MANCHESTER, England (Reuters) - Former Manchester United manager Alex Ferguson says a breakaway European Super League would be a move away from 70 years of football history and that fans love the Champions League as it is.
Media reports on Sunday said that six Premier League clubs, including United, had signed up to plans for a breakaway league which would be a rival to UEFA’s Champions League.
Ferguson, who won the Champions League twice with Manchester United after having European success with Scottish club Aberdeen, told Reuters that he enjoyed “special nights” in the Champions League.
“Talk of a Super League is a move away from 70 years of European club football. Both as a player for a provincial team Dunfermline in the 60s and as a manager at Aberdeen winning the European Cup Winners’ Cup, for a small provincial club in Scotland it was like climbing Mount Everest,” he told Reuters.
“Everton are spending £500 million to build a new stadium with the ambition to play in Champions League. Fans all over love the competition as it is,” he said.
“In my time at United, we played in four Champions League finals and they were always the most special of nights.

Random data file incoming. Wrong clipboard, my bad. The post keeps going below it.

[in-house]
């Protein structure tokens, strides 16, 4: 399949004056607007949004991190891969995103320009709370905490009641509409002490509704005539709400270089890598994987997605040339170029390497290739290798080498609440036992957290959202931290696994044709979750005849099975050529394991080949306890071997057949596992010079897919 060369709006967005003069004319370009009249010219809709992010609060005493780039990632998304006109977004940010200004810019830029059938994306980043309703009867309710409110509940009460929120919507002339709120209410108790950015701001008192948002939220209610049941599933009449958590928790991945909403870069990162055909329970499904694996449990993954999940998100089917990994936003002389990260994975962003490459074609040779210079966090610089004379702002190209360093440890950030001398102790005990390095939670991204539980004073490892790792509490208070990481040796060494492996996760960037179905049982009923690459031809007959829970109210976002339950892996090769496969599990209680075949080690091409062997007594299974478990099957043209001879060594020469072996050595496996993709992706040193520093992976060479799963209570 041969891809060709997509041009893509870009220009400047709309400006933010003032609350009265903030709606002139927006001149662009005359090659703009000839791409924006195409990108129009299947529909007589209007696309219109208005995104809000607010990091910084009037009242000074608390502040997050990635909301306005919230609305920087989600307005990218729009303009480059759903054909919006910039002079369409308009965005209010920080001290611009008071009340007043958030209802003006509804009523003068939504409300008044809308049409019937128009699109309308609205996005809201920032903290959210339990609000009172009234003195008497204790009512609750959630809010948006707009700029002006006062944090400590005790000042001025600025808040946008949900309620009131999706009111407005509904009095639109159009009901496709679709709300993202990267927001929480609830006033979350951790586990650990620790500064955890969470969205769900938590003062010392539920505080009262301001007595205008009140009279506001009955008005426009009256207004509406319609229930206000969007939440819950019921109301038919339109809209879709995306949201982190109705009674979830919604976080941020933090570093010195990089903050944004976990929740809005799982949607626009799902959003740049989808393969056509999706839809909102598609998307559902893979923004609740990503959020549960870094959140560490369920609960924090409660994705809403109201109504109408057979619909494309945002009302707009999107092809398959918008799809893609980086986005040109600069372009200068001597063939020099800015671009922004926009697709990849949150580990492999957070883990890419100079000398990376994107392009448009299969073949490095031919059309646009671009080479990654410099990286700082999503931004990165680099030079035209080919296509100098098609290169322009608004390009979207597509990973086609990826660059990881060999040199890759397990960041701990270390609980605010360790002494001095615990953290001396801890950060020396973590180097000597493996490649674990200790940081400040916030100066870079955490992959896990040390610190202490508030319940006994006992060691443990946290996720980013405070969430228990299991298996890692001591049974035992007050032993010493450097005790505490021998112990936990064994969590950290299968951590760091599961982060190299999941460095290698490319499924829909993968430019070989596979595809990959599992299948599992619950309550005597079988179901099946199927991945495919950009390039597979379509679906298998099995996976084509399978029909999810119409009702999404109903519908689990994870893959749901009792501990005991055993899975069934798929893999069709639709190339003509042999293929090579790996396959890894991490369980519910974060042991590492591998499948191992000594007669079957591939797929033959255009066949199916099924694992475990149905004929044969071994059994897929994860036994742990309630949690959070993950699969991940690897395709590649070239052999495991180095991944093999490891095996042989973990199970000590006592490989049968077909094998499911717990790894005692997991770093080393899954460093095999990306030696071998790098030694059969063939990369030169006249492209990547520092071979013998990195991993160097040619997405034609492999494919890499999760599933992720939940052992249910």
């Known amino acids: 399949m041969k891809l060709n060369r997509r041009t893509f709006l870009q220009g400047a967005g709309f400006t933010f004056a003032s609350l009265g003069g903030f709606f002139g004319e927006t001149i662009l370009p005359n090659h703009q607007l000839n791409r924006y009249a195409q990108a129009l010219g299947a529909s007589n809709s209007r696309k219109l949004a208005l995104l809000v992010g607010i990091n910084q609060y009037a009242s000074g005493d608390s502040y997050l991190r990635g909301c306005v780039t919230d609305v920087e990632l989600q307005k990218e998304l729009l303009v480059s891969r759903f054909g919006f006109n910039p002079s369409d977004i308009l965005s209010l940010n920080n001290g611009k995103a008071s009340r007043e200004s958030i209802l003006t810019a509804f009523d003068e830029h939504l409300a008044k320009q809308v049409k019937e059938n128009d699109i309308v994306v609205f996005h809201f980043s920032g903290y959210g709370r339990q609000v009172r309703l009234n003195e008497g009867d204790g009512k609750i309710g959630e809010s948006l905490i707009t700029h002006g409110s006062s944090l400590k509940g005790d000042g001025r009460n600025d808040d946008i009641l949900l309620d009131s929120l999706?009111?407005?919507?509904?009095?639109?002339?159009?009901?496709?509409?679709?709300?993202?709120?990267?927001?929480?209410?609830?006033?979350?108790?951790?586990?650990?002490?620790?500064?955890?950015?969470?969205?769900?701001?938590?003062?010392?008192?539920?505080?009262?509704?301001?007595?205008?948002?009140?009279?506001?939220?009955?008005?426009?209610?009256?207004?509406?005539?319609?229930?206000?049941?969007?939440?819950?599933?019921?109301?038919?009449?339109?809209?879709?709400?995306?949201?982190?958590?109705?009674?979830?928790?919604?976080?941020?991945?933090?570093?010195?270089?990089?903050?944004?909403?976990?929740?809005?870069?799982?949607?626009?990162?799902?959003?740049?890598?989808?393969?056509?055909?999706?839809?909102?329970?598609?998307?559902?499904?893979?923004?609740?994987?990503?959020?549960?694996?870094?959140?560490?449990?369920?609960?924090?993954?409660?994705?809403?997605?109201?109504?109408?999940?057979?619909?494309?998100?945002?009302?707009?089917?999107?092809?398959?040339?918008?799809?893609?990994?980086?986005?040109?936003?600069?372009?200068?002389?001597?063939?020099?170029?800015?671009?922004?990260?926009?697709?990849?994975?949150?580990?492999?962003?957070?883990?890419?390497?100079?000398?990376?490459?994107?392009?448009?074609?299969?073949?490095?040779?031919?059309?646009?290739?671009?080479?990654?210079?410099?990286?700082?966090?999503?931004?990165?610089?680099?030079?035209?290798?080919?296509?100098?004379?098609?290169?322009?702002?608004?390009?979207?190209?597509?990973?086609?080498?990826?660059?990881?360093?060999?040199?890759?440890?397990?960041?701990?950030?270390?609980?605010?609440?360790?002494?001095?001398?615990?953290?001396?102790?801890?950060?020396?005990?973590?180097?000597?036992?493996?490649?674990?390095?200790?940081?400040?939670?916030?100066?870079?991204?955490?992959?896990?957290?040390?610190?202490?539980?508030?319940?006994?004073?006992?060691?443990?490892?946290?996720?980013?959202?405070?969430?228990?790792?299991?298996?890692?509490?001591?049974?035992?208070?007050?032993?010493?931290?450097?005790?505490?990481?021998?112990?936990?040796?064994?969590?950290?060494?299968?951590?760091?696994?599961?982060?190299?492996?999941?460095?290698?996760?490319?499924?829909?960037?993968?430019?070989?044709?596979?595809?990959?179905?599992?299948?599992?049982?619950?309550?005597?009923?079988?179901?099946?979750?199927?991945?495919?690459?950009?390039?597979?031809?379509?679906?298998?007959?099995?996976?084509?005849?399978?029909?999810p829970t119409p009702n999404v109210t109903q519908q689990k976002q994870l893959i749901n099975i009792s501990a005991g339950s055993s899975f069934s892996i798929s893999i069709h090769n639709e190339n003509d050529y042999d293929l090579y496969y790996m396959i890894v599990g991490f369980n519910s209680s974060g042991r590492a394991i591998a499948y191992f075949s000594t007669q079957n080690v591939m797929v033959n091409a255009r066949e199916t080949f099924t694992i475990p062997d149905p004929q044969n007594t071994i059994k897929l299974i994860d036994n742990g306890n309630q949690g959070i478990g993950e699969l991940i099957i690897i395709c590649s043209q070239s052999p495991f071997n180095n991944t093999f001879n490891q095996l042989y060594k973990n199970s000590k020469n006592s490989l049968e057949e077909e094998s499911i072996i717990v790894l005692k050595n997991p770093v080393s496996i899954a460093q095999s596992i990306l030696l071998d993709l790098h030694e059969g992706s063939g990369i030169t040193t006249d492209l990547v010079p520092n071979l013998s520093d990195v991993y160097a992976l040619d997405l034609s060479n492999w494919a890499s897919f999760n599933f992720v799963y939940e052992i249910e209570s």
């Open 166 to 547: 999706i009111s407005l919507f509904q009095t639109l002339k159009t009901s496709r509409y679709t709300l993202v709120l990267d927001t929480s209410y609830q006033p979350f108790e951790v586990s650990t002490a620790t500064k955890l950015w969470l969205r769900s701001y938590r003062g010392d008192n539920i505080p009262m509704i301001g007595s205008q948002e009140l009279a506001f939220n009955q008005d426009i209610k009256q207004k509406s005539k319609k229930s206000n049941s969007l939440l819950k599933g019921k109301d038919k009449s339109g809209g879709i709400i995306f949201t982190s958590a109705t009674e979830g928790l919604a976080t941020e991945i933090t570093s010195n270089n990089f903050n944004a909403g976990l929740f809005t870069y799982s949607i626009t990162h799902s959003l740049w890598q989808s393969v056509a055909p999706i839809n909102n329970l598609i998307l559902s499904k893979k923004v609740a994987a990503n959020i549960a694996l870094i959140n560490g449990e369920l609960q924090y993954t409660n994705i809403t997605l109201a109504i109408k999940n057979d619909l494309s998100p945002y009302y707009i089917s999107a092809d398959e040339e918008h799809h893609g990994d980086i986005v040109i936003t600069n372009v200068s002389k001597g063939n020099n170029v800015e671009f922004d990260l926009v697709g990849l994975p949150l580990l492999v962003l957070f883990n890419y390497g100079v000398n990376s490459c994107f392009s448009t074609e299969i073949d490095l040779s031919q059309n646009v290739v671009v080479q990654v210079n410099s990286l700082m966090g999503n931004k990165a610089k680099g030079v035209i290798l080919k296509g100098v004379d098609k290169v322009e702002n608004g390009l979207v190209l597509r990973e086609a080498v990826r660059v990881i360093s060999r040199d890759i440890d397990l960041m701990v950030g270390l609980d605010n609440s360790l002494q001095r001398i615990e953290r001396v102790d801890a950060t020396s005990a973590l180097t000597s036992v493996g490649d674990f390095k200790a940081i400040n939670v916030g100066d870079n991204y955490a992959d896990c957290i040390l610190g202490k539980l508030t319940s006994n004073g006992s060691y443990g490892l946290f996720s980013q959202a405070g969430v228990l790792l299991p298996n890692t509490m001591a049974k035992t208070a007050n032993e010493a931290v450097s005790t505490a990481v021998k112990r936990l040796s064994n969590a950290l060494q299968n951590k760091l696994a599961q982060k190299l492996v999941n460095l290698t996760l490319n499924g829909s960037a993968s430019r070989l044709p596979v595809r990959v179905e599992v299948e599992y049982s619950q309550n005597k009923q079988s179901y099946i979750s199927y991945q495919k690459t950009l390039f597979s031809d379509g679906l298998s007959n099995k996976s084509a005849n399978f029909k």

“I’m not sure Manchester United are involved in this, as I am not part of the decision making process,” he added.
Gary Neville, Ferguson’s former captain, interrupted his commentary on Sky Sports’ coverage of United’s match against Burnley to criticise the breakaway plans.
“I think to bring forward proposals in the midst of COVID, in the midst of the economic crisis, is an absolute scandal,” he said.
“United, and the rest of the ‘Big Six’ clubs that have signed up to it, against the rest of the Premier League, should be ashamed of themselves,” he said.
“I can’t concentrate on the game... they should deduct all six teams that have signed up to it. Deduct points from them all,” he said.
Reporting by Simon Evans, editing by Pritha Sarkar
Our Standards: The Thomson Reuters Trust Principles.